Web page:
"These testing recommendations make no scientific sense, unless there are plans to demand isolation of all known contacts of COVID-19," said Krys Johnson, an assistant professor of instruction in the Department of Epidemiology and Biostatistics at Temple University in Pennsylvania. Especially as schools and universities reopen, the U.S. should be testing more asymptomatic people for the virus, not fewer, she said.
In response to outcry from public health officials, CDC Director Dr. Robert Redfield clarified the new guidance on Aug. 27, saying "testing may be considered for all close contacts of confirmed or probable COVID-19 patients," but should be prioritized for symptomatic people, people with risk factors for severe infection and people at high risk of exposure. However, at the time of this verbal statement, the official guidance on the CDC website remained unchanged.
Authorization for plasma
Last week, we highlighted news that the U.S. Food and Drug Administration (FDA) would not authorize the use of blood plasma to treat COVID-19 patients without more data from clinical trials. This week, the FDA issued an emergency use authorization for the treatment without any additional data in hand.
Emergency use authorization allows doctors to administer an unapproved medical treatment "when there are no adequate, approved and available alternatives," and patients don't need to be enrolled in a clinical trial to receive the therapy, according to the FDA website. But infectious disease experts and public health officials argue that convalescent plasma therapy — which uses antibody-rich plasma from people who have recovered from a disease — has not earned this seal of approval.
To demonstrate that plasma helps COVID-19 patients recover, scientists must conduct randomized controlled trials (RCTs), wherein participants randomly receive either plasma or the standard of care; outcomes can then be compared between the two groups without bias. RCTs of plasma have proven difficult to organize, given that the supply of eligible plasma and number of people sick with COVID-19 varies from region to region.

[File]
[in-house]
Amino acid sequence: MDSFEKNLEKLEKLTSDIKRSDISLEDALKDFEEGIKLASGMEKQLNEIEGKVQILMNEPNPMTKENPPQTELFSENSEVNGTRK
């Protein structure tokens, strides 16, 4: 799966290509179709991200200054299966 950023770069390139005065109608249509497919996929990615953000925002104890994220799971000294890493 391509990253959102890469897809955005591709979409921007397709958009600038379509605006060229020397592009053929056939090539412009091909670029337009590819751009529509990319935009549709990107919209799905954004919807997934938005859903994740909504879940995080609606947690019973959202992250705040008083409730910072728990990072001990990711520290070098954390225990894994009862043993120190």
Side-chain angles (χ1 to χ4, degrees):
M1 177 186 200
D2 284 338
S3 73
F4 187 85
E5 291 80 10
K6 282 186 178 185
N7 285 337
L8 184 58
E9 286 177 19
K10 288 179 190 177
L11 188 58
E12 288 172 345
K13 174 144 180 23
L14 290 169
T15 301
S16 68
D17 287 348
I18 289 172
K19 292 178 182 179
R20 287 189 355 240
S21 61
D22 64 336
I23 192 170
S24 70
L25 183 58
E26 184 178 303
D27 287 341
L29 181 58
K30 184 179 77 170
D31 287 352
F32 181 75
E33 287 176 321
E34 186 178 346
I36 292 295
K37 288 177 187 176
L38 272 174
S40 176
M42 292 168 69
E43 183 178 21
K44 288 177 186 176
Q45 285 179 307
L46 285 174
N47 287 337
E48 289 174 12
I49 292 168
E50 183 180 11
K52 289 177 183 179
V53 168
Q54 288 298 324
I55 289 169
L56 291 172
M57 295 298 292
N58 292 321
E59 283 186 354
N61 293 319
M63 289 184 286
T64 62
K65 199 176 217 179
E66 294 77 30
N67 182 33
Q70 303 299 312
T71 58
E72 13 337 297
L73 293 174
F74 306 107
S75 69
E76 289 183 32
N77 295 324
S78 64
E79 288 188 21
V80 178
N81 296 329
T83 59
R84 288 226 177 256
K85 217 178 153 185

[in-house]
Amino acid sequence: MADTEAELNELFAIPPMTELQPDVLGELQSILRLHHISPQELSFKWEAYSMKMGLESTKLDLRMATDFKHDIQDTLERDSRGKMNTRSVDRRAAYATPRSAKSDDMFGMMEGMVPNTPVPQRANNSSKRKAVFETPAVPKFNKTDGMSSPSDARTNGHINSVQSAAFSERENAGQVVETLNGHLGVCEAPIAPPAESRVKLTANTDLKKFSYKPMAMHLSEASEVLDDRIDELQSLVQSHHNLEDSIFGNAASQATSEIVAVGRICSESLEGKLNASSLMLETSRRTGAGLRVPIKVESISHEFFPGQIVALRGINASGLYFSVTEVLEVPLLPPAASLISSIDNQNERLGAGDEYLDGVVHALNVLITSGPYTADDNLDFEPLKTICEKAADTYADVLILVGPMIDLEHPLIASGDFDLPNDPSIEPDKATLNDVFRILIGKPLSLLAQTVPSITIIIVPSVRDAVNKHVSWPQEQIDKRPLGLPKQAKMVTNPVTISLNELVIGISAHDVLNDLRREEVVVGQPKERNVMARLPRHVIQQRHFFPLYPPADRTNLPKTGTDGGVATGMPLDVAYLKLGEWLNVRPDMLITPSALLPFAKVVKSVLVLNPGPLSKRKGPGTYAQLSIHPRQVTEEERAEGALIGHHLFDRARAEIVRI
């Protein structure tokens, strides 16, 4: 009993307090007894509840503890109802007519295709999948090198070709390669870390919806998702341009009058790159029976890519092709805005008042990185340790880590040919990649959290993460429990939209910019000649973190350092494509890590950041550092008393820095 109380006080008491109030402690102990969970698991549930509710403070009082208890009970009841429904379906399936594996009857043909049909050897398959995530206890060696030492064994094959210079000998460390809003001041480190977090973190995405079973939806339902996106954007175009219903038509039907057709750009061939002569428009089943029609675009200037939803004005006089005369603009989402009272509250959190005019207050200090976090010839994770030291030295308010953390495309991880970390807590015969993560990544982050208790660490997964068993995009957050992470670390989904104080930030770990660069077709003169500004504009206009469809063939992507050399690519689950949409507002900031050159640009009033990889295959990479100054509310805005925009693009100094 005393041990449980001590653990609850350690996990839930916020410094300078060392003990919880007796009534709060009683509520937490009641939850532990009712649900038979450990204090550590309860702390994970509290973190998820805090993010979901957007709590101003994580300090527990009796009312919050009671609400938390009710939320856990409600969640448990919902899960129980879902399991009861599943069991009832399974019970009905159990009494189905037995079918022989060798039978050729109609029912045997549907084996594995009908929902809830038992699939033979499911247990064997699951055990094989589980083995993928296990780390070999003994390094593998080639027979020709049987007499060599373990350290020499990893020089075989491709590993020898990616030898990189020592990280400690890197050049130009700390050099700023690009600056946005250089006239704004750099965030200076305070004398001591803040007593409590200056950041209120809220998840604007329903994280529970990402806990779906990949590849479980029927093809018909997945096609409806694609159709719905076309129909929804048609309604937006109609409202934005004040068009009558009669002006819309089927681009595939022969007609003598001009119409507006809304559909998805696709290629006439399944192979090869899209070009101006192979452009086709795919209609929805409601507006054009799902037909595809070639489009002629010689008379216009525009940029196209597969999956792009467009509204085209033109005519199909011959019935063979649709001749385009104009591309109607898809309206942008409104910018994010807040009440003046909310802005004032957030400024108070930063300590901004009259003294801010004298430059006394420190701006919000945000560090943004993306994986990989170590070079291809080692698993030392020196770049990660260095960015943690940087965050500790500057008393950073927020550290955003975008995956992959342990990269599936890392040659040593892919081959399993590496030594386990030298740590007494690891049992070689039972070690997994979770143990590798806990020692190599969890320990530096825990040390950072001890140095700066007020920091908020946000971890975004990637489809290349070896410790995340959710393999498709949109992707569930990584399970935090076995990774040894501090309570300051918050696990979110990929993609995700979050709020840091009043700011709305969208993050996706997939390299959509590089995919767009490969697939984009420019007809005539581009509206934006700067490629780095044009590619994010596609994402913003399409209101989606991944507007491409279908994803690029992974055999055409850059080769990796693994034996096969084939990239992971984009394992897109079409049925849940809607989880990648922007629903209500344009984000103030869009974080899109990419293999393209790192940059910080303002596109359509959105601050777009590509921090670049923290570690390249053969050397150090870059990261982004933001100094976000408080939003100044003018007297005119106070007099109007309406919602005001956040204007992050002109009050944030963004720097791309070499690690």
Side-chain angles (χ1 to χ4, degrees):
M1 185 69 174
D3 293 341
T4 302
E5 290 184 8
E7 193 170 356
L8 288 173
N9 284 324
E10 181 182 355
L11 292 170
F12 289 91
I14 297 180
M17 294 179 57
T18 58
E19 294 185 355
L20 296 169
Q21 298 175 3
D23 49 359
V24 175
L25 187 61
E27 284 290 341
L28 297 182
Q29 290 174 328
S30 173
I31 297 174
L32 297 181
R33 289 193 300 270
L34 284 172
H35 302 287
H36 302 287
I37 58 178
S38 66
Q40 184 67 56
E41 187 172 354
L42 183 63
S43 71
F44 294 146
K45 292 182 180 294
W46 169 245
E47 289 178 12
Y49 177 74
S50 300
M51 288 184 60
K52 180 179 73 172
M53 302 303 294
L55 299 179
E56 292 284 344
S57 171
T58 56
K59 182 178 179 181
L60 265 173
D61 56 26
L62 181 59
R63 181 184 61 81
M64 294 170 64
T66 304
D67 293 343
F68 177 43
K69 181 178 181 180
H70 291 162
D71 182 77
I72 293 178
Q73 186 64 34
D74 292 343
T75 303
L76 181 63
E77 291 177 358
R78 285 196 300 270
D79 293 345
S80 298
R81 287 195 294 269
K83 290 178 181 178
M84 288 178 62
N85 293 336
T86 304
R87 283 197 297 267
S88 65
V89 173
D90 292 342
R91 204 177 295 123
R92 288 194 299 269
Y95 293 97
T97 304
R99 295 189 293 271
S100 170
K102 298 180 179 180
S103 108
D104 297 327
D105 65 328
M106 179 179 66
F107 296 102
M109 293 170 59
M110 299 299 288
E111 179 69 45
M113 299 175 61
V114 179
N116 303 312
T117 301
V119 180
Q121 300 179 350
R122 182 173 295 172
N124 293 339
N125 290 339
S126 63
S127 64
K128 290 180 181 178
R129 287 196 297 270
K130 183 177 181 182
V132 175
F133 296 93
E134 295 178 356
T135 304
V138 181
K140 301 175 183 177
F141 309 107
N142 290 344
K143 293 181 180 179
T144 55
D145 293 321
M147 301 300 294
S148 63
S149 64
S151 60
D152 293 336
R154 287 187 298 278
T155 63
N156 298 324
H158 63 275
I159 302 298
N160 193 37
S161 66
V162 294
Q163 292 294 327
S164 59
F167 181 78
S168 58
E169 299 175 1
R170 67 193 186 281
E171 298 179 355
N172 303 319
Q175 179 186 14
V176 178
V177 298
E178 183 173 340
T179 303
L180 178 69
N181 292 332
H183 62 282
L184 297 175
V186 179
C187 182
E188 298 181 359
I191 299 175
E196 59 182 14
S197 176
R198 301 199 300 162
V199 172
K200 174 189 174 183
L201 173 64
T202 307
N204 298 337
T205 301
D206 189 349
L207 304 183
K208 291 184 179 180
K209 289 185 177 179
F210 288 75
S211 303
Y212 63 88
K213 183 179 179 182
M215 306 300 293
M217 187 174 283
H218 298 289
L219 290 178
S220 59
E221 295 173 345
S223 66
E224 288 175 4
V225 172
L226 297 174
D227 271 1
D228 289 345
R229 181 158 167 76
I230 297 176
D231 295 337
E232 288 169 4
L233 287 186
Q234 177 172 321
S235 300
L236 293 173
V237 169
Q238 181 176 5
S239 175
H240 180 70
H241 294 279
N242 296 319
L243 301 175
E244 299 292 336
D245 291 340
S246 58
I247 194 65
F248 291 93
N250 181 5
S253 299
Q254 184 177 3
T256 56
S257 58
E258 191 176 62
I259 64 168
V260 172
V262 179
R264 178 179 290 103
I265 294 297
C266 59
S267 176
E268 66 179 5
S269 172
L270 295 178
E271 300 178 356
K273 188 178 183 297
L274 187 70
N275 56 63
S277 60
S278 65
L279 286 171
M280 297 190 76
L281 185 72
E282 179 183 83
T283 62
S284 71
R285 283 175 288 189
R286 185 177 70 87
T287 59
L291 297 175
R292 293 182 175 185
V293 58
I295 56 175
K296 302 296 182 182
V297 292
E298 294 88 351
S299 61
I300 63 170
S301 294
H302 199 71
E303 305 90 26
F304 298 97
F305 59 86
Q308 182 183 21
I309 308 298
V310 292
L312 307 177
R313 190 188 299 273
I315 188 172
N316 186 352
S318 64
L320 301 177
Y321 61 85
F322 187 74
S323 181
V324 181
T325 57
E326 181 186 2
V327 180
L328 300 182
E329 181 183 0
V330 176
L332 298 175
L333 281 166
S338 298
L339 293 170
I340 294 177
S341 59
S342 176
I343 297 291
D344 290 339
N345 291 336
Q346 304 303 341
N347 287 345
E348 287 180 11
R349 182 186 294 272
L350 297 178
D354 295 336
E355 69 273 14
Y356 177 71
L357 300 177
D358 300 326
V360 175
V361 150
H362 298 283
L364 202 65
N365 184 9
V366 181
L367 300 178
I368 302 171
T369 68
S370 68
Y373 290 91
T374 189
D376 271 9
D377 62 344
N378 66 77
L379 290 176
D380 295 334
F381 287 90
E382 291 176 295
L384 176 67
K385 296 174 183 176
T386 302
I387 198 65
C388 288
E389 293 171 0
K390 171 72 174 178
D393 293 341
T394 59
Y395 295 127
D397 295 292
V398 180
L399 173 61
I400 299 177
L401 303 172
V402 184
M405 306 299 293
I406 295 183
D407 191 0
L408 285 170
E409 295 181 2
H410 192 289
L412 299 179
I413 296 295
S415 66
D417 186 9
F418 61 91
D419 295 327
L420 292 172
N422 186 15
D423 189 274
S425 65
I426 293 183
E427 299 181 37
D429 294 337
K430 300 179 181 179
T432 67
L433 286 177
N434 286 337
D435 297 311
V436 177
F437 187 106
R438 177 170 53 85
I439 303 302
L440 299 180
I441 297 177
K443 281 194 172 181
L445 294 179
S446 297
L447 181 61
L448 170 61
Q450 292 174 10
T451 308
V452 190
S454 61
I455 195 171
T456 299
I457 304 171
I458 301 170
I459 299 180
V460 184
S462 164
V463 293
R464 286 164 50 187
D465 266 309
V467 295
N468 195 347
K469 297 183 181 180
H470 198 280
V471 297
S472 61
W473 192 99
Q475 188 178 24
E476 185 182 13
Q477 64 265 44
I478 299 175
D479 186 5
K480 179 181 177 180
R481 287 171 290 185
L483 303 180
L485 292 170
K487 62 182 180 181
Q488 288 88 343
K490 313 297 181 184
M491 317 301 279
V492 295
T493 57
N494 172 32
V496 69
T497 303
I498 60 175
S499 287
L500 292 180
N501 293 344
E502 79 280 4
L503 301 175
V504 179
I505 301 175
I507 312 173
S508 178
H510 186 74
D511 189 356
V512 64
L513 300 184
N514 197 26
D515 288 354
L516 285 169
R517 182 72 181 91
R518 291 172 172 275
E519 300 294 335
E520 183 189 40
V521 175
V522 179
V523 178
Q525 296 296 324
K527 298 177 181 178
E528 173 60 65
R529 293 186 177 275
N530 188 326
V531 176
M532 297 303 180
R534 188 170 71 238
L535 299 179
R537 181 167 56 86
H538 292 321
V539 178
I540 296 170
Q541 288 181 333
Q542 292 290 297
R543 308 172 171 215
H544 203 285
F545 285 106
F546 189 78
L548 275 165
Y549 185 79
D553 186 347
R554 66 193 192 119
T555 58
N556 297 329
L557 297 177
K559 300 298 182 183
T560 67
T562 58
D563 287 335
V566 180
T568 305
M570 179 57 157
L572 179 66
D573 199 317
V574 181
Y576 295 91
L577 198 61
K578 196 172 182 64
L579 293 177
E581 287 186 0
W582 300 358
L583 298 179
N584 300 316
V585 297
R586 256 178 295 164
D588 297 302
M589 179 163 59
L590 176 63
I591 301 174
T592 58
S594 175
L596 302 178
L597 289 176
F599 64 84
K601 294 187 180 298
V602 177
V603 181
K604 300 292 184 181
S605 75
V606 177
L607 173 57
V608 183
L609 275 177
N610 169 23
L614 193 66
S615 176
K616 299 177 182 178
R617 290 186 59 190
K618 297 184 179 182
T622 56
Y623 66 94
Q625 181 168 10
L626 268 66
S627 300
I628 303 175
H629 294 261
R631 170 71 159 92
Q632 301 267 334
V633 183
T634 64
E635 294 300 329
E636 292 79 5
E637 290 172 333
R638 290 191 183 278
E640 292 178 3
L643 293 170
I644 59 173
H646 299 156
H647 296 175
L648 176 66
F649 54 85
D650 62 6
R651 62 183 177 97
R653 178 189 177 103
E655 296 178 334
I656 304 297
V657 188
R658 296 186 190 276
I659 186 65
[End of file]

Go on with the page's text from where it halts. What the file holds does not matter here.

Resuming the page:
With many RCTs for plasma still underway, the authorization of the treatment could make recruiting patients for these trials even more difficult. While patients in an RCT randomly receive either plasma or the standard of care, patients treated under the emergency authorization would not be subject to this randomization; the guarantee of plasma outside of an RCT could make participating in the trials a hard sell.
If RCTs do get derailed, it will be harder to collect solid evidence that plasma therapy works.
Originally published on Live Science.
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Nicoletta Lanese is the health channel editor at Live Science and was previously a news editor and staff writer at the site. She holds a graduate certificate in science communication from UC Santa Cruz and degrees in neuroscience and dance from the University of Florida. Her work has appeared in The Scientist, Science News, the Mercury News, Mongabay and Stanford Medicine Magazine, among other outlets. Based in NYC, she also remains heavily involved in dance and performs in local choreographers' work.